Dual Speed and Style: Competition. March 26. Invitational. Confirmed rider list coming soon.

Crankworx Rotorua Slopestyle: Competition. March 29. Invitational. Confirmed rider list coming soon.

 

Who Won the Gunna Gotta Go Rotorua Prize?

“When I got the call I couldn’t believe it. I was on location doing a photo shoot and I ran around whooping and high fiving. My hand still hurts, but in a good way.”

That’s how mountain biker and photographer, Mike Kennedy, from Dee Why on the northern beaches of Sydney, reacted to the news he’d won return air fares for two to Rotorua for the city’s Bike Festival in February.

He’s visited Rotorua before. The first time was in 2012 and he was back in October, this year, with 2 Wheel Tours.

“Let’s just say I fell in love with the Whakarewarewa, all over again,” he said. “It’s my 48th birthday in a few days, so what a great time to win another trip to mountain bike paradise.”

He will be bringing his brother, Paul, on the trip.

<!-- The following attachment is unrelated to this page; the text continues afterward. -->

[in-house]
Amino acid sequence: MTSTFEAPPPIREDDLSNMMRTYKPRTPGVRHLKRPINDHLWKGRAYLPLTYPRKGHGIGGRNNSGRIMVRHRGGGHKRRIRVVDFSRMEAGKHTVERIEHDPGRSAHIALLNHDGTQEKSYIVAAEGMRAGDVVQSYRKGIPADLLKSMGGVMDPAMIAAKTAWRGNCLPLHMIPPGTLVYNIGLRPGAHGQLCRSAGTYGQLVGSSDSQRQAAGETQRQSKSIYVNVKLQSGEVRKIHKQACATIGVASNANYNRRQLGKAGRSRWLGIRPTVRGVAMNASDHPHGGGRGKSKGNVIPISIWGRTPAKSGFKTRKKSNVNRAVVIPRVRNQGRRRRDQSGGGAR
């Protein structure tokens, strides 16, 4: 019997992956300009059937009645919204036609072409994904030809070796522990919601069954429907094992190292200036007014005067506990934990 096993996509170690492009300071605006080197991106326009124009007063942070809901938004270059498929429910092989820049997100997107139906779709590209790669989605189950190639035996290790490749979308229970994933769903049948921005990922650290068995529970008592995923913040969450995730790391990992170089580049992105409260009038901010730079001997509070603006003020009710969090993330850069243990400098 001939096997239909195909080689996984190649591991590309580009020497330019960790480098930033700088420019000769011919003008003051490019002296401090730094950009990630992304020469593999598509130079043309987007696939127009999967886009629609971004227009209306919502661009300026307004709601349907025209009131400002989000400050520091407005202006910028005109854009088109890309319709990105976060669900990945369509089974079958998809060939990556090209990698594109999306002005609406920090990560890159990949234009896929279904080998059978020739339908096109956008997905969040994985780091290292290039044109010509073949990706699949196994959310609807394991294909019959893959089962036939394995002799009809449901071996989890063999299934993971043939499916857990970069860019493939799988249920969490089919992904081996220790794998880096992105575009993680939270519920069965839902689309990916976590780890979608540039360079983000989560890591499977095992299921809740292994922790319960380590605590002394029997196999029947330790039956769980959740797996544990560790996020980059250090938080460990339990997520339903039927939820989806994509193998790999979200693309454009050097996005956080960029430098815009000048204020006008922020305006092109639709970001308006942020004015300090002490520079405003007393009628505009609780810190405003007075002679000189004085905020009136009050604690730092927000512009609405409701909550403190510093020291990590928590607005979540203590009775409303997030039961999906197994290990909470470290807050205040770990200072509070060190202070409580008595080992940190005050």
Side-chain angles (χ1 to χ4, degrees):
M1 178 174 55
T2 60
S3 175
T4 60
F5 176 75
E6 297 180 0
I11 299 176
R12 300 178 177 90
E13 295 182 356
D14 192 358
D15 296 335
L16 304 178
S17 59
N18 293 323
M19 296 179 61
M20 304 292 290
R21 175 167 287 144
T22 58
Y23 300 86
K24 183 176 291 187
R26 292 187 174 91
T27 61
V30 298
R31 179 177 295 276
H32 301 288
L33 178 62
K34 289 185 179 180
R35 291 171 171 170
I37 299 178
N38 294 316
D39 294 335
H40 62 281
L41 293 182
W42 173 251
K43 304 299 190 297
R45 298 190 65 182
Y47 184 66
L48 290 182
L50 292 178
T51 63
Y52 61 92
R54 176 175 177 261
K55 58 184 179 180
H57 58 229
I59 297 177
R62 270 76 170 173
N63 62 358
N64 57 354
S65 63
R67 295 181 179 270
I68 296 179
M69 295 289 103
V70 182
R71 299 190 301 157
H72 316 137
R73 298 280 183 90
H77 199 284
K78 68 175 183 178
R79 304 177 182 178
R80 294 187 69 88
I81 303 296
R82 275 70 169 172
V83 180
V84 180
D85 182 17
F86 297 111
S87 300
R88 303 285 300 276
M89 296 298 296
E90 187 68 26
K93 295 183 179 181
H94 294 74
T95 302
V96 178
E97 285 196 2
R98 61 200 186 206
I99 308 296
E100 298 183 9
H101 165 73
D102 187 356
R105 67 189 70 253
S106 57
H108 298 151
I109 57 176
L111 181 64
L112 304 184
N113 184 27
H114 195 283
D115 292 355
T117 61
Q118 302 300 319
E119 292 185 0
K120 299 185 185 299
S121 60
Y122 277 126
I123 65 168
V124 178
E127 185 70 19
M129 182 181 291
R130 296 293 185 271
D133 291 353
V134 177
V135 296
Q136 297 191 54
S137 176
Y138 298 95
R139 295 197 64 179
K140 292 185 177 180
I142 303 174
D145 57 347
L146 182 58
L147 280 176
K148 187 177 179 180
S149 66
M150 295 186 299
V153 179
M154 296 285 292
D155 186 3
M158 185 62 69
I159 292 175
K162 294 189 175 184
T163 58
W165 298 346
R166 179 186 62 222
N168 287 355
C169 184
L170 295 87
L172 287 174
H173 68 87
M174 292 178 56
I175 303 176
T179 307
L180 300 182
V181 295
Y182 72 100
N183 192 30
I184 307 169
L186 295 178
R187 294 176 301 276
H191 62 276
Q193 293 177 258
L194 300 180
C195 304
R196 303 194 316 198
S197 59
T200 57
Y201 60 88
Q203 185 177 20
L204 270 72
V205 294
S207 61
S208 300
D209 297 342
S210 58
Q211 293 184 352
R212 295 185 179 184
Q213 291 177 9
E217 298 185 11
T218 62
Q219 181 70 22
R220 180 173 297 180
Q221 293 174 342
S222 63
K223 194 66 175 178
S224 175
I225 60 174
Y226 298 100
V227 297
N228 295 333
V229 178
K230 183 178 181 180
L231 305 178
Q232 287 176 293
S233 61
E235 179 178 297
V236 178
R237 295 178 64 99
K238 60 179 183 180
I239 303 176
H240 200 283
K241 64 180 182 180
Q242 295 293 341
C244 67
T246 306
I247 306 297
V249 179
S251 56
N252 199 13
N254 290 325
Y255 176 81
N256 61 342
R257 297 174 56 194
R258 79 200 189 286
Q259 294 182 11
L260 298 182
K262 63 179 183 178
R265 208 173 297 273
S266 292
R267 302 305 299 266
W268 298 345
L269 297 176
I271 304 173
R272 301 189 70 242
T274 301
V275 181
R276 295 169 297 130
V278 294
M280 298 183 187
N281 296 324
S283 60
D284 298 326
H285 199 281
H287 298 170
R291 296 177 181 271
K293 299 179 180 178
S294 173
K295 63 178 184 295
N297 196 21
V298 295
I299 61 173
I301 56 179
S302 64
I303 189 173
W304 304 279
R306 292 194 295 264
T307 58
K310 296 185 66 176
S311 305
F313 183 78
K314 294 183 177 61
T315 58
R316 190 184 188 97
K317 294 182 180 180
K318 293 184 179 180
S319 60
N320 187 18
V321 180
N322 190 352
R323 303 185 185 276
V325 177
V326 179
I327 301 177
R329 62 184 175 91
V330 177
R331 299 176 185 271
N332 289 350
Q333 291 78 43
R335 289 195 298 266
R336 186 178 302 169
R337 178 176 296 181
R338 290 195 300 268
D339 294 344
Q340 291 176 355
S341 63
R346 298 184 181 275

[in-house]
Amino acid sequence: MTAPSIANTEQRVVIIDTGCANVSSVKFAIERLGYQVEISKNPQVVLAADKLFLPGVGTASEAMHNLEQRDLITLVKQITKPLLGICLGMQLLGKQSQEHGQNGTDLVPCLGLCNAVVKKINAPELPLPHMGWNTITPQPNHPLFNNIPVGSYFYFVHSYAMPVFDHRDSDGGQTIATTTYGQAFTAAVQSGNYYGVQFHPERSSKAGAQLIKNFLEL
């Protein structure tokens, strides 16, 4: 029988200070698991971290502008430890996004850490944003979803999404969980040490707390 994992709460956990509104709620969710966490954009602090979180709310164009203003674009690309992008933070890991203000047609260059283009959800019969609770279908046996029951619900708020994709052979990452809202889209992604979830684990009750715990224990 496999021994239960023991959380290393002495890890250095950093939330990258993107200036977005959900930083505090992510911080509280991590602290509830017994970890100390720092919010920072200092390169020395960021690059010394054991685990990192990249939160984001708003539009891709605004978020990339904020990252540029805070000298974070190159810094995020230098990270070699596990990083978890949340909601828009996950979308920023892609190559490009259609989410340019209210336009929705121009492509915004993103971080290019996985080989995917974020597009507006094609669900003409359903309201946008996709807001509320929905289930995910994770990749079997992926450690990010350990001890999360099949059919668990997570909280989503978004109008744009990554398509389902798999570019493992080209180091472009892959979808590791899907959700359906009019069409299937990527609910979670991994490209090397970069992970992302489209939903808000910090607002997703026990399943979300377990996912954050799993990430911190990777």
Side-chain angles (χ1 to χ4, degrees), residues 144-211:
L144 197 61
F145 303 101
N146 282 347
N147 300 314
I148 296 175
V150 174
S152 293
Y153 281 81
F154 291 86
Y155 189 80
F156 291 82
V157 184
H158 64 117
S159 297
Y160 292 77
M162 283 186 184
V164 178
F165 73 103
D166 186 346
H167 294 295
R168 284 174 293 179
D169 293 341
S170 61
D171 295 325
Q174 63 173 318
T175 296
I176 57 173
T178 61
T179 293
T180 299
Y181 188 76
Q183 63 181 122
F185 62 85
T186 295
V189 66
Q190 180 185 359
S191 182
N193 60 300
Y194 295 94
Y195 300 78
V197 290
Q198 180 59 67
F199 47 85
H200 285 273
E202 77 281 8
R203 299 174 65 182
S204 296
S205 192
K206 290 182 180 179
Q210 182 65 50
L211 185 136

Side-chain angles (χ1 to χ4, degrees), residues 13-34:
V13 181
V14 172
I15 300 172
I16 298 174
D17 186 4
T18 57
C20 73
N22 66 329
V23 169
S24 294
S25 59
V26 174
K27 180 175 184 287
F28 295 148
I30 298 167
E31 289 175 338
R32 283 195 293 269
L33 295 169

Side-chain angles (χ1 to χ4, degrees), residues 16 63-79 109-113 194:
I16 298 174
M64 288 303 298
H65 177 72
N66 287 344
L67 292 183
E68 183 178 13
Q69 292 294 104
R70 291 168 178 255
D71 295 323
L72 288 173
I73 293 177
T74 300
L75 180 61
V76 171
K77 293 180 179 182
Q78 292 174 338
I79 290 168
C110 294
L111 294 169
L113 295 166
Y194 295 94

“I’m really stoked to be able to share this experience with him,” continued Mike. “He’s always wanted to go, but with two small boys the dream has eluded him until now.”

The brothers have been mountain biking since the 1990s and Paul is the trail builder at Thredbo Mountain Bike Park.

“I’m really looking forward to showing him the amazing network of trails in the Whaka and watching his brain explode with happiness,” added Mike. “And also getting him into the Skyline Rotorua Gravity Bike Park…it’s so much fun.”

The Gunna Gotta Go competition is named after a popular trail in the Whakarewarewa Forest.

It is a collaboration between Flow Mountain Bike, Rotorua Airport and the Rotorua Bike Festival.

A whole range of Rotorua tourism destinations will also be hosting Michael and Paul and the total value of the prize is $7500.

A similar competition for the 2014 Festival was just as successful. The winner, Mitch Ho, described the win as the best Christmas present ever and, with fiancée, Jessica Behan, had a memorable time.

“The trip was awesome, everyone was very friendly and the mountain biking was a whole lot of fun,” he said. “Congratulations to Mike, you won’t be disappointed – this is the adventure of a lifetime.”

Anna Rodgers from Rotorua Airport is thrilled with the entry numbers in the competitions and the enthusiasm of the winners.

“It’s great making that phone call,” she said. “You make someone’s day and no one is ever disappointed by winning something. Mike was no exception. He knew straight away why I was calling and was super excited to have won this dream MTB package.”

The numbers of Australian mountain bikers visiting Rotorua has risen dramatically over the last few years.